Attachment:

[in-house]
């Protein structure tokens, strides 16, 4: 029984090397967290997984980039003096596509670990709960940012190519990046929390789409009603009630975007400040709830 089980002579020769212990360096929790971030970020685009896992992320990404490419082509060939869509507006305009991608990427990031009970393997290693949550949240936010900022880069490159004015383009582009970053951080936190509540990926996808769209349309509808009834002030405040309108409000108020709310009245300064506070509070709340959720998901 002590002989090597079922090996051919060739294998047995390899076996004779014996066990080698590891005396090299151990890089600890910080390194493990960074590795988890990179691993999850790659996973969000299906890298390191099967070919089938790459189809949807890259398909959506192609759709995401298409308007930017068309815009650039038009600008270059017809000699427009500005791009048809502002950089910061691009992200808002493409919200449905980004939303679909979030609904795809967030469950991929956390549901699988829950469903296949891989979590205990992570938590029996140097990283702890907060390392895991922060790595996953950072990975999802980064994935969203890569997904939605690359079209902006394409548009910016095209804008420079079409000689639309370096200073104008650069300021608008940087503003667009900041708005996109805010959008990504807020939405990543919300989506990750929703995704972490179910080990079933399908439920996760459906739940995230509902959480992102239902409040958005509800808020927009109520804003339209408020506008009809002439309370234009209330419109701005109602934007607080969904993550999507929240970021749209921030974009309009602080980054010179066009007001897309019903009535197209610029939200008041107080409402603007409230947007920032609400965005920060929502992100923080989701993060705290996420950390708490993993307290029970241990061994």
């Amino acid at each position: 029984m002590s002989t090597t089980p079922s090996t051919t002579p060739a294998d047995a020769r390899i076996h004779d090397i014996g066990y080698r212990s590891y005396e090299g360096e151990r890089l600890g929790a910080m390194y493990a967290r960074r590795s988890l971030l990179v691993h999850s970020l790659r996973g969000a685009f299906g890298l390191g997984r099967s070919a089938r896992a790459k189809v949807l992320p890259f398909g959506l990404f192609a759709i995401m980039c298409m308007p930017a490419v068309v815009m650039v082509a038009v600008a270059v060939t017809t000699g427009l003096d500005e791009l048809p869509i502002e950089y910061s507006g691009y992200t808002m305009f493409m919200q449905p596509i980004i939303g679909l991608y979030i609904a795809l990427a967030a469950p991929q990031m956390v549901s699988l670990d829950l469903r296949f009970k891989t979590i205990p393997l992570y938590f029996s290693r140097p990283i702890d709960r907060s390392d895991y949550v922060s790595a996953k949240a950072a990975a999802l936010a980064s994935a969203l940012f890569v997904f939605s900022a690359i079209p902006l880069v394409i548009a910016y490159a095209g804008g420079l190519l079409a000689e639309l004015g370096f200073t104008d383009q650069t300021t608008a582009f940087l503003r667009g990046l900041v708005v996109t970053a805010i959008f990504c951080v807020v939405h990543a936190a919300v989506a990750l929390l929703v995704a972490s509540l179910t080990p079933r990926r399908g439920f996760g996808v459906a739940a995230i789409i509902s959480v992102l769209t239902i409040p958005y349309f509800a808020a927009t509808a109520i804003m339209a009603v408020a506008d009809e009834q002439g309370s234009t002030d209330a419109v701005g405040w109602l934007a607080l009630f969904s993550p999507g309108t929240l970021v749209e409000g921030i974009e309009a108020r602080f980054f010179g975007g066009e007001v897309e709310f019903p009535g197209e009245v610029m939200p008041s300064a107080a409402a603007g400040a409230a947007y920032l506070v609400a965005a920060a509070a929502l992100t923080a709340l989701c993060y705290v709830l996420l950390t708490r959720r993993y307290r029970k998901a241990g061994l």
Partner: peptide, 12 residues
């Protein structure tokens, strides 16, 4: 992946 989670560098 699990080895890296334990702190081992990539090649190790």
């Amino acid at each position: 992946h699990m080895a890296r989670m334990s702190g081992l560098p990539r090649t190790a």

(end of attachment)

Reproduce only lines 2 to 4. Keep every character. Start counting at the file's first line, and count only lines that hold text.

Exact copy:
């Protein structure tokens, strides 16, 4: 029984090397967290997984980039003096596509670990709960940012190519990046929390789409009603009630975007400040709830 089980002579020769212990360096929790971030970020685009896992992320990404490419082509060939869509507006305009991608990427990031009970393997290693949550949240936010900022880069490159004015383009582009970053951080936190509540990926996808769209349309509808009834002030405040309108409000108020709310009245300064506070509070709340959720998901 002590002989090597079922090996051919060739294998047995390899076996004779014996066990080698590891005396090299151990890089600890910080390194493990960074590795988890990179691993999850790659996973969000299906890298390191099967070919089938790459189809949807890259398909959506192609759709995401298409308007930017068309815009650039038009600008270059017809000699427009500005791009048809502002950089910061691009992200808002493409919200449905980004939303679909979030609904795809967030469950991929956390549901699988829950469903296949891989979590205990992570938590029996140097990283702890907060390392895991922060790595996953950072990975999802980064994935969203890569997904939605690359079209902006394409548009910016095209804008420079079409000689639309370096200073104008650069300021608008940087503003667009900041708005996109805010959008990504807020939405990543919300989506990750929703995704972490179910080990079933399908439920996760459906739940995230509902959480992102239902409040958005509800808020927009109520804003339209408020506008009809002439309370234009209330419109701005109602934007607080969904993550999507929240970021749209921030974009309009602080980054010179066009007001897309019903009535197209610029939200008041107080409402603007409230947007920032609400965005920060929502992100923080989701993060705290996420950390708490993993307290029970241990061994």
């Amino acid at each position: 029984m002590s002989t090597t089980p079922s090996t051919t002579p060739a294998d047995a020769r390899i076996h004779d090397i014996g066990y080698r212990s590891y005396e090299g360096e151990r890089l600890g929790a910080m390194y493990a967290r960074r590795s988890l971030l990179v691993h999850s970020l790659r996973g969000a685009f299906g890298l390191g997984r099967s070919a089938r896992a790459k189809v949807l992320p890259f398909g959506l990404f192609a759709i995401m980039c298409m308007p930017a490419v068309v815009m650039v082509a038009v600008a270059v060939t017809t000699g427009l003096d500005e791009l048809p869509i502002e950089y910061s507006g691009y992200t808002m305009f493409m919200q449905p596509i980004i939303g679909l991608y979030i609904a795809l990427a967030a469950p991929q990031m956390v549901s699988l670990d829950l469903r296949f009970k891989t979590i205990p393997l992570y938590f029996s290693r140097p990283i702890d709960r907060s390392d895991y949550v922060s790595a996953k949240a950072a990975a999802l936010a980064s994935a969203l940012f890569v997904f939605s900022a690359i079209p902006l880069v394409i548009a910016y490159a095209g804008g420079l190519l079409a000689e639309l004015g370096f200073t104008d383009q650069t300021t608008a582009f940087l503003r667009g990046l900041v708005v996109t970053a805010i959008f990504c951080v807020v939405h990543a936190a919300v989506a990750l929390l929703v995704a972490s509540l179910t080990p079933r990926r399908g439920f996760g996808v459906a739940a995230i789409i509902s959480v992102l769209t239902i409040p958005y349309f509800a808020a927009t509808a109520i804003m339209a009603v408020a506008d009809e009834q002439g309370s234009t002030d209330a419109v701005g405040w109602l934007a607080l009630f969904s993550p999507g309108t929240l970021v749209e409000g921030i974009e309009a108020r602080f980054f010179g975007g066009e007001v897309e709310f019903p009535g197209e009245v610029m939200p008041s300064a107080a409402a603007g400040a409230a947007y920032l506070v609400a965005a920060a509070a929502l992100t923080a709340l989701c993060y705290v709830l996420l950390t708490r959720r993993y307290r029970k998901a241990g061994l």
Partner: peptide, 12 residues